A new report from the Pew Research Center shows that the number of Puerto Ricans who have ‘voted’ for statehood for themselves by moving to a State has grown enormously during the 21st century. As the chart above shows, net migration from Puerto Rico to the States during the last two decades of the 20th century averaged a loss of 12,000 people per year. What’s more, the net population loss was slowing at the end of the 20th century.
In the past three years, however, Puerto Rico’s net migration has deepened to an average of 48,000 people each year — four times the number lost in the final decade of the 20th century.
In fact, according to Pew Research’s report, a combination of U.S. Census data and earlier Spanish counts suggests that Puerto Rico’s population had been growing from the 1700s until the current loss.
In the States, the Puerto Rican population is growing. In 2012, there were 4.9 million Puerto Ricans in the States, and just 3.4 million in Puerto Rico. Puerto Ricans are now the second largest Hispanic group in the United States, second to Mexicans.
The most recent wave of migration is a little different from earlier migration to the mainland. Puerto Ricans are heading to the Southern states rather than to the Northeast, with 30% of Puerto Ricans in the States living in the South, particularly in Florida. Half still live in the Northeast.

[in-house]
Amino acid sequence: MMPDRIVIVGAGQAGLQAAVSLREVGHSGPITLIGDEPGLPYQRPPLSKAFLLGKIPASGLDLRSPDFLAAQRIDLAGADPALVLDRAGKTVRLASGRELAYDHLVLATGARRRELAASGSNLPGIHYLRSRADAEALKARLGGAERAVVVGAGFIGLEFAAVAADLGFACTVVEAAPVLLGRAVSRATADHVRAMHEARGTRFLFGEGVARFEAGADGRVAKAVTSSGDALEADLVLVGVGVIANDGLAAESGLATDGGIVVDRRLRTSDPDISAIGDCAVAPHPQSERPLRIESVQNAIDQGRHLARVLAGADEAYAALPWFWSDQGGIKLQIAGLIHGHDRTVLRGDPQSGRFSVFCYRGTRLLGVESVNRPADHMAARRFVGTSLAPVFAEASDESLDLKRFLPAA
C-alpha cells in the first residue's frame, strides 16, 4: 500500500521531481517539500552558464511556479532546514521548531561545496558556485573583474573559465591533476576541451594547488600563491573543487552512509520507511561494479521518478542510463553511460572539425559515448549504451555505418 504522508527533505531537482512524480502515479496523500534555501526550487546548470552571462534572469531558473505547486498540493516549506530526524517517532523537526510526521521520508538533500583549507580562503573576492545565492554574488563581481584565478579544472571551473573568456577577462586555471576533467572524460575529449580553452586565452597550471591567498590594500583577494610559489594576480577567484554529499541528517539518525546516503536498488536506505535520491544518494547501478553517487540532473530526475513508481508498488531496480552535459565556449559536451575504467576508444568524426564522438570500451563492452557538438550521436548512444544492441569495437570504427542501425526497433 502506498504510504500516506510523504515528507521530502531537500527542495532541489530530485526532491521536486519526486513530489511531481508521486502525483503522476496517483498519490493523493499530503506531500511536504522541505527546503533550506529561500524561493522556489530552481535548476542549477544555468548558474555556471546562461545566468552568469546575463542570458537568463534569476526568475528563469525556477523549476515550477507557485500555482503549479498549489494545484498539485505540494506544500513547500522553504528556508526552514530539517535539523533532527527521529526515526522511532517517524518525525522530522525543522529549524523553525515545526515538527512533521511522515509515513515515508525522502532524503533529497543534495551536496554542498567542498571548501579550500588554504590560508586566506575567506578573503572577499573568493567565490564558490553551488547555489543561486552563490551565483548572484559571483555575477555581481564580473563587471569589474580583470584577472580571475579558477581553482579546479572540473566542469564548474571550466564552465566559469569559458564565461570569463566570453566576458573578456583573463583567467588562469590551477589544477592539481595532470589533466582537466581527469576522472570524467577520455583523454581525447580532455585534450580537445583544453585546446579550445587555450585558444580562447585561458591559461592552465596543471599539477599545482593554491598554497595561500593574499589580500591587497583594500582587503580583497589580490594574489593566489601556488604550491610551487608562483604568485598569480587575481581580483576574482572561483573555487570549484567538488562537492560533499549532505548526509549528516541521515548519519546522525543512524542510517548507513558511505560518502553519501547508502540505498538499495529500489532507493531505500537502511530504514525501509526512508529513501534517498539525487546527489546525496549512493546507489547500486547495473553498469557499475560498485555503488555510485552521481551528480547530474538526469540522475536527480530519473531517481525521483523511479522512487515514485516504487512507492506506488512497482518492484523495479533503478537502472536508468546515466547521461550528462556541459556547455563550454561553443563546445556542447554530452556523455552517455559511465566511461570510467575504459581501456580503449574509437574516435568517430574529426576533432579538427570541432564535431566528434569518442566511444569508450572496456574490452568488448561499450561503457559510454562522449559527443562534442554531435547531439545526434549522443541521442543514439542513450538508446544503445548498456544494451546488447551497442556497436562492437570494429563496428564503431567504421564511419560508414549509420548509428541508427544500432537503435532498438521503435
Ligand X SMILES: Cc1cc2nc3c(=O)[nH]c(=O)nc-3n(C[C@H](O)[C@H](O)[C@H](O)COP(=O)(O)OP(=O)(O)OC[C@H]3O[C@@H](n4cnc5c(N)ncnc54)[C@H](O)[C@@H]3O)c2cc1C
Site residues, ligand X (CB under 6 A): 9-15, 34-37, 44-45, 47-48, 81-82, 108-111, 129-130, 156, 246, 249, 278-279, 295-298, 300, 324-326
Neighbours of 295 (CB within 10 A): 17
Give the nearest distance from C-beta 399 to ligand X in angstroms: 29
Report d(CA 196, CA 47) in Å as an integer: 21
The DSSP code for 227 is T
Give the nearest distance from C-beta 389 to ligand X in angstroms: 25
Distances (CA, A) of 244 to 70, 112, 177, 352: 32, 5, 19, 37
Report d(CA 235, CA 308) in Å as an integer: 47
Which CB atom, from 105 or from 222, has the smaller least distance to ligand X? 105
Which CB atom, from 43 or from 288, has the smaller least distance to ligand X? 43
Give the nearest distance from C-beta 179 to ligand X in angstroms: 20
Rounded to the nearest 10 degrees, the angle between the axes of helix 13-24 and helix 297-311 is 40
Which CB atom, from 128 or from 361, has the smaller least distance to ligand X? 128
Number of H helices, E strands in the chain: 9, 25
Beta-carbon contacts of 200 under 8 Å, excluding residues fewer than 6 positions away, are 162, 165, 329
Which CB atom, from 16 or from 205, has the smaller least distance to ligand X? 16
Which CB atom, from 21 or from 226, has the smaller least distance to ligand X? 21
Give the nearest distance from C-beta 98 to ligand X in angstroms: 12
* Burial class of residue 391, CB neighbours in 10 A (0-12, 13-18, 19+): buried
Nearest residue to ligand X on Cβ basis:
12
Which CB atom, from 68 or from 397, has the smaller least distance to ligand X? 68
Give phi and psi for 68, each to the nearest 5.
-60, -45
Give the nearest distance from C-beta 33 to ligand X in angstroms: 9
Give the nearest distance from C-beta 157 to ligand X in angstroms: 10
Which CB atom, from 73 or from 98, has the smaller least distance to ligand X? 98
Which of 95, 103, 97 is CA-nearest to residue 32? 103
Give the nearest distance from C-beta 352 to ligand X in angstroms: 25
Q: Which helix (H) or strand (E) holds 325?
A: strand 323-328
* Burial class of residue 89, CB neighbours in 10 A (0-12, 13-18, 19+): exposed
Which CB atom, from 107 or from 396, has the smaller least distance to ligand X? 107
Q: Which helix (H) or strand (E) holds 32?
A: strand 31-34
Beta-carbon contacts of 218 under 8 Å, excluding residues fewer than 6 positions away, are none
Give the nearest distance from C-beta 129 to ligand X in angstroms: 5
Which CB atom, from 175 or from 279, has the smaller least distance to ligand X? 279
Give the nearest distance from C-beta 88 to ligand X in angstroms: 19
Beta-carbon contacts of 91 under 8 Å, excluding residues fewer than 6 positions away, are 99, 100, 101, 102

Economic reasons are cited as the main impetus for moving to the mainland. Puerto Rico’s levels of unemployment and of poverty are high, and the recent downgrading of Puerto Rico’s bonds to junk status has brought the severity of Puerto Rico’s debt problems to light.
Where a few years ago young, educated people were the majority of the migrants to the mainland, people from all walks of life are now leaving for the States. Puerto Ricans living in the States are better off financially than those living in Puerto Rico, the report confirms.
A recent report by the Federal Reserve Bank of New York concludes that “there are no strong signs that a meaningful recovery is taking hold [and] serious fiscal challenges have surfaced.”